Xinis saw his compensation package jump 307.8 percent to $3.5 million, $2.8 million of which was a required distribution of vested retirement funds from a plan he begin contributing to in 2003, the hospital said in a statement. Xinis has served as CEO for 26 years and plans to retire in the next 18 months, the hospital said. His base salary in fiscal 2012 was $309,557.
Peterson, who oversees six hospitals, earned a $3.5 million compensation package. Peterson's 86.5 percent pay increase largely reflected pension benefits he'd earned during 40 years at Hopkins. His annual base salary increased about $49,500 to $1.1 million in fiscal 2012.
Chrencik, whose system has 12 hospitals, earned about $2.3 million. Chrencik's total pay grew 23.4 percent. Mercy's Mullen saw his pay rise 24 percent to $1.6 million for the fiscal year ending in 2012.
The one CEO earning more than $1 million who saw his compensation fall was Edward D. Miller, who retired in June 2012 as CEO of Johns Hopkins Medicine and dean of the university's medical school. His reported pay dropped to just over $1 million in fiscal 2012 from nearly $2.3 million the prior year, when he took a one-time retirement payout.
In May 2012, the hospitals complained to the state cost review commission about financial pressures, pushing for higher rates. The commission lowered hospital rates for inpatients by 1 percent but raised the rates for outpatient services by 2.59 percent, giving hospitals an overall increase of 0.3 percent.
During the debate last year, Chrencik warned that hospitals would need to make up the lost revenue somehow. "There is a lot of pressure on hospitals to come up with ways to reduce costs," said Chrencik, who declined to be interviewed for this article.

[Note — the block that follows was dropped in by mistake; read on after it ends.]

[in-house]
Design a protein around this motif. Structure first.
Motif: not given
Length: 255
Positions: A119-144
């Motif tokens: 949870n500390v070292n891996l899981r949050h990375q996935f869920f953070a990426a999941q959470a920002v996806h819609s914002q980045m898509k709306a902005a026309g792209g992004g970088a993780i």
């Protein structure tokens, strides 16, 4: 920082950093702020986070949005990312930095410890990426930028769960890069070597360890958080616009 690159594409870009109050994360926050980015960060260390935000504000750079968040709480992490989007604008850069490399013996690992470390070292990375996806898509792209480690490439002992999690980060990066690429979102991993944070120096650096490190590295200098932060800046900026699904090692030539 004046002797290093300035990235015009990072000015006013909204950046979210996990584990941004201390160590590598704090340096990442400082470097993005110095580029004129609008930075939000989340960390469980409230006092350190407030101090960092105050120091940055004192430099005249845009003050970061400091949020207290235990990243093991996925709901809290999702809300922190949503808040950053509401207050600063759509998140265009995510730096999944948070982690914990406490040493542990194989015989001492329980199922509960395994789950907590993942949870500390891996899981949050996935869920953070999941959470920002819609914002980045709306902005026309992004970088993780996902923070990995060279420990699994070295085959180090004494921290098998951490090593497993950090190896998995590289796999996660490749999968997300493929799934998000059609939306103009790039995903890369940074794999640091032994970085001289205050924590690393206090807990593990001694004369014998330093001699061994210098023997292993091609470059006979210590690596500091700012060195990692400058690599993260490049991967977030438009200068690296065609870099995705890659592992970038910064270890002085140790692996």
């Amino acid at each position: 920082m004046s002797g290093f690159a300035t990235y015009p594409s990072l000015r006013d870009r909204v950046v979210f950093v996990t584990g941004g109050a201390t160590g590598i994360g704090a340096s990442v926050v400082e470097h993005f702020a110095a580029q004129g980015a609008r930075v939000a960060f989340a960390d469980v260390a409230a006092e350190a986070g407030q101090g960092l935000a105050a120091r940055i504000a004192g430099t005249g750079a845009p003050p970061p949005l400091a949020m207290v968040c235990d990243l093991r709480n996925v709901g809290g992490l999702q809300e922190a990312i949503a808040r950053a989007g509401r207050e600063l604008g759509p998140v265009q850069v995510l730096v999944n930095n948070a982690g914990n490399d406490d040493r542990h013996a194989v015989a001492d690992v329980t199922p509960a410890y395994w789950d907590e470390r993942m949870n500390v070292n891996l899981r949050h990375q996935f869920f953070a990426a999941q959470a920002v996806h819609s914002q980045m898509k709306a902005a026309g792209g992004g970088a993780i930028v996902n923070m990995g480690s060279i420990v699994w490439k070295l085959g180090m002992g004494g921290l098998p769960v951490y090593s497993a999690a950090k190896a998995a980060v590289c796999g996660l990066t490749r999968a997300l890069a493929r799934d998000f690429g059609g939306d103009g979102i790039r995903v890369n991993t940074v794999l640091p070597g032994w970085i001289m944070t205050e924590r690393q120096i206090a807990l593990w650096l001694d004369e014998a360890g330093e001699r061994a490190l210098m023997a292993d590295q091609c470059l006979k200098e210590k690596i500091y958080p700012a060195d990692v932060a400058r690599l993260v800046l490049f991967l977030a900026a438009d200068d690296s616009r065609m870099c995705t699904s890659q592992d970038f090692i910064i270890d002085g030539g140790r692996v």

"We are now cutting muscle," Coyle worried at the time.
The hospital association, a nonprofit that also must report top pay packages to the IRS, reported that Coyle made $715,441 in the fiscal year ending in 2012. That's 9 percent more than she made the prior year.
Coyle said that, like hospital CEOs, her compensation is determined through a transparent process by a board of trustees. She said her pay is comparable to that of people in similar positions around the country and that her job is also multi-faceted with duties that include advocacy work, data and research, public policy analysis and member relations.
Former state Sen. George W. Della Jr. has advocated for more public awareness of hospital executive pay. The Baltimore City Democrat introduced legislation in 2008 that passed the Maryland General Assembly requiring the state to make hospital IRS filings more accessible to the public.
"Everybody is being asked to tighten their belt, and I don't know why they think they are immune to doing this," Della said. "I am very cynical when I talk about this. They are overpaid."
But hospital officials point out that executive pay makes up but a small portion of a hospital's overall finances. Johns Hopkins Medicine, for instance, expects to generate more than $6.5 billion in 2013 revenue and employs more than 41,000 people. Peterson's compensation is 0.05 percent of that revenue.
A recent analysis by Modern Healthcare of tax year 2011 shows that Maryland hospital executives make less than those at some of the country's top-paying hospitals. The publication found that the median total compensation for the 25 highest-paid CEOs of health systems was $3.8 million. The median compensation in Maryland was $744,532 in fiscal year 2012.
Pay not the problem
Dr. Stephen F. Jencks, who serves on the board of the cost review commission, said that some hospital CEOs make a "chunk of money" but that their pay is not what's driving health care costs higher. He said executives should be judged by whether they are running cost-efficient organizations.
"You can cut salaries in half, and it wouldn't really make a lot of difference to the cost of health care," said Jencks, who is also a health care safety and quality control consultant.
Steve Ports, deputy director of policy and operations at the commission, said the body "generally does not delve into these salaries as it defers to hospital management to manage effectively and efficiently."
He said the commission, in setting rates, provides hospitals with sufficient revenue.
At the University of Maryland Medical System, officials said executives won't get raises in the fiscal year that began last month because of the financial pressures facing hospitals.